Isle of the Dead was one of the last of Val Lewton’s films that were produced during the war period, which included The Cat People, I Walked With a Zombie, and The Seventh Victim. The basic image of Isle of the Dead is inspired by the famous evocative painting by Arnold Böcklin. The story of this film has some philosophical affinities with I Walked With a Zombie, so it’s interesting to examine why it doesn’t quite measure up to the greatness of that previous film.
The story (a good review of which can be found here) is set during the 1913 Balkan war between Greece and Turkey, and it opens with a scene depicting the kill-or-be-killed brutality of war. Greek general Pherides (played by Boris Karloff, in one his finest performances) condemns to death an officer colleague who underperformed in a recent battle. An American war correspondent, Oliver Davis, who witnesses that scene begins a discussion with General Pherides that results in their joint intention to visit the grave of Pherides's wife on a nearby coastal island. During this sequence, we learn that the army is not only threatened by the enemy but also by the appearance of septicemic plague, which could cause massive casualties. Anyone who dies must be buried immediately in order to curtail the spread of the disease.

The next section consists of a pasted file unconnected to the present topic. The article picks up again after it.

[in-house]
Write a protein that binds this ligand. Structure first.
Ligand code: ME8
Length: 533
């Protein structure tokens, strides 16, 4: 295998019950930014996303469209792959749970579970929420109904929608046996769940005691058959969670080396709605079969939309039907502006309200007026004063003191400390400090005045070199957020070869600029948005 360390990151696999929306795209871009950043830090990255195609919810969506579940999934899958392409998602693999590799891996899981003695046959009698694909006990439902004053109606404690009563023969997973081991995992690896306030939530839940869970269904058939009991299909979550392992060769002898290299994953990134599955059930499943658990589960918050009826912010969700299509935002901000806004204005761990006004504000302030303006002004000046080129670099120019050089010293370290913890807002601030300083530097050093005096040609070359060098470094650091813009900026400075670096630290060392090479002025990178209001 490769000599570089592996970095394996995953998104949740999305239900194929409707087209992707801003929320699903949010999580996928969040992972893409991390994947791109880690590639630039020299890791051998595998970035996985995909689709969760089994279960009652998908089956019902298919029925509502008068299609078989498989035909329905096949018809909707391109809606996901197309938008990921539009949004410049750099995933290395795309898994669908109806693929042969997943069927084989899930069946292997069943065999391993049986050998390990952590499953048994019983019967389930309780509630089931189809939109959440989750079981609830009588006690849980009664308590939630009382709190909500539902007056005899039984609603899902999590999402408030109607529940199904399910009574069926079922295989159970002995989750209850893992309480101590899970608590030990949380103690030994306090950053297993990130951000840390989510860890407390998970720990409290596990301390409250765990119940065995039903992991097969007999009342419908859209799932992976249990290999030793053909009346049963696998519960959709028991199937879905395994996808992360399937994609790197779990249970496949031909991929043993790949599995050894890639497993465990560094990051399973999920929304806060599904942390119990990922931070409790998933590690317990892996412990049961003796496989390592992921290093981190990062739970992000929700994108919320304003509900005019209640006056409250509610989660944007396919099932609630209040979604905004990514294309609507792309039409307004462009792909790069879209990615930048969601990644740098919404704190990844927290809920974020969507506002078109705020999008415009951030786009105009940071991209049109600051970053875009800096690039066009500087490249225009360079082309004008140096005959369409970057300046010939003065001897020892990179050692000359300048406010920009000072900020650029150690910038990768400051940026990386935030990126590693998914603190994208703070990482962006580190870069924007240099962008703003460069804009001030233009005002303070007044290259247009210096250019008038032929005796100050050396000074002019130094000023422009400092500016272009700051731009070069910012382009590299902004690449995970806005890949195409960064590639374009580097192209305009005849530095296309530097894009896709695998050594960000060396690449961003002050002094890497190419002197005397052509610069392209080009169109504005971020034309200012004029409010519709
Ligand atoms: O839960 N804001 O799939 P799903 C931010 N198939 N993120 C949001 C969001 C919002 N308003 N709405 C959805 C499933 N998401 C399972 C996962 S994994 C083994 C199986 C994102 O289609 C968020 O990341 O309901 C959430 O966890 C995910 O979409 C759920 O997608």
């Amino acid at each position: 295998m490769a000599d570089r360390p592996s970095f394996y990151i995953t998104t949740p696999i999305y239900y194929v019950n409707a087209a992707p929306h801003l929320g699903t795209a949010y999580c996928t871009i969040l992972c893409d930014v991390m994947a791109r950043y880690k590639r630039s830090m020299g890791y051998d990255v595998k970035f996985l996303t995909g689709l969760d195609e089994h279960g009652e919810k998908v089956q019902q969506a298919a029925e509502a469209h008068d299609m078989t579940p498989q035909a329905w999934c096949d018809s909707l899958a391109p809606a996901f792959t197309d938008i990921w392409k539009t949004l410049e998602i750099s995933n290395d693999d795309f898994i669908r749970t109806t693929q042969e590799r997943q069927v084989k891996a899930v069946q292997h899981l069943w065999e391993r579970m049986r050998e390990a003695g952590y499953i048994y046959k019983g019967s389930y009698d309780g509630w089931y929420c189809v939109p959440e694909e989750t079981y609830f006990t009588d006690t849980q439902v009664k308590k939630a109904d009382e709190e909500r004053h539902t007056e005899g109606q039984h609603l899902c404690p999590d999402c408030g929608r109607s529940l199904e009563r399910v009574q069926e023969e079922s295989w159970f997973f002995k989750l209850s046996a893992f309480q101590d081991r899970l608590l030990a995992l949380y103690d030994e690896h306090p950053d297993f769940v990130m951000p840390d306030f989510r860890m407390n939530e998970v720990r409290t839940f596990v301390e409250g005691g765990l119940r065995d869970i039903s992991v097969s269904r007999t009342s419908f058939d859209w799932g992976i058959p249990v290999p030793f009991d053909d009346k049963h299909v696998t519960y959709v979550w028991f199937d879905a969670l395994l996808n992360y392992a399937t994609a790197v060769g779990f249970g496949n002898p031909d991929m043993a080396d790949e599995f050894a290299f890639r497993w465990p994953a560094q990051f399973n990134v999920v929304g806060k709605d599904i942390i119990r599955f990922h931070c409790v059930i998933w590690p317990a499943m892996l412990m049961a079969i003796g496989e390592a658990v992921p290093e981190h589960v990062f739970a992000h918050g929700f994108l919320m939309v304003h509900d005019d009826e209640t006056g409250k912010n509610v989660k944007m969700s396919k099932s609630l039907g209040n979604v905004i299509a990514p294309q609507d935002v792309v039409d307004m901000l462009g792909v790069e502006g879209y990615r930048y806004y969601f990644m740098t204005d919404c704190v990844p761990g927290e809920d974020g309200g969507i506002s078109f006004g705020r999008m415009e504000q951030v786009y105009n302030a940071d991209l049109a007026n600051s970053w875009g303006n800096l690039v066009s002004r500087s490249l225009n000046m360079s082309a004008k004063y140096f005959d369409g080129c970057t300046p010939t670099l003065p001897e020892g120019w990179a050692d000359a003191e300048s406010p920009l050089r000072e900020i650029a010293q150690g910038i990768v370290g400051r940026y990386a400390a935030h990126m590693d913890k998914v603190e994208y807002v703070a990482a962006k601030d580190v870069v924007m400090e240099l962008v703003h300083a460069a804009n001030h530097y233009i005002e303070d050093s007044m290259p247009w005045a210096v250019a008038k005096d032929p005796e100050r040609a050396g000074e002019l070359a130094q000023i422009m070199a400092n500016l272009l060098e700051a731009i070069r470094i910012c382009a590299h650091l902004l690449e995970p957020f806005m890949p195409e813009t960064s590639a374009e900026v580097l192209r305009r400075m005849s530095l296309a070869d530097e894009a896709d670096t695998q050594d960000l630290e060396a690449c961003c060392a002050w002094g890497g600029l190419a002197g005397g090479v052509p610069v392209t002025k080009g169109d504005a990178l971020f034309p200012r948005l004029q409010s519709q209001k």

When they arrive on the isle, they meet a retired archeology professor, Albrecht, who is living in a house owned by a Greek woman, Madame Kyra, and served by a maid, Thea. Albrecht has offered shelter to three English foreigners seeking to escape the ravages of the war. Very soon one of these guests dies, and when General Pherides summons the military doctor, Dr. Drossos, he is informed that the guest has died from the plague. General Pherides, a man used to making tough decisions in wartime, decides to quarantine the island: in order to protect his troops on the mainland, nobody is permitted to leave the island. So the rest of the film is restricted to the fate of these seven people: General Pherides, Dr. Drossos, Oliver Davis, Madame Kyra, Thea, and the English diplomat, St. Aubyn, and his wife. Somewhat like Albert Camus’s The Plague, they all have their attitudes towards the threat of death.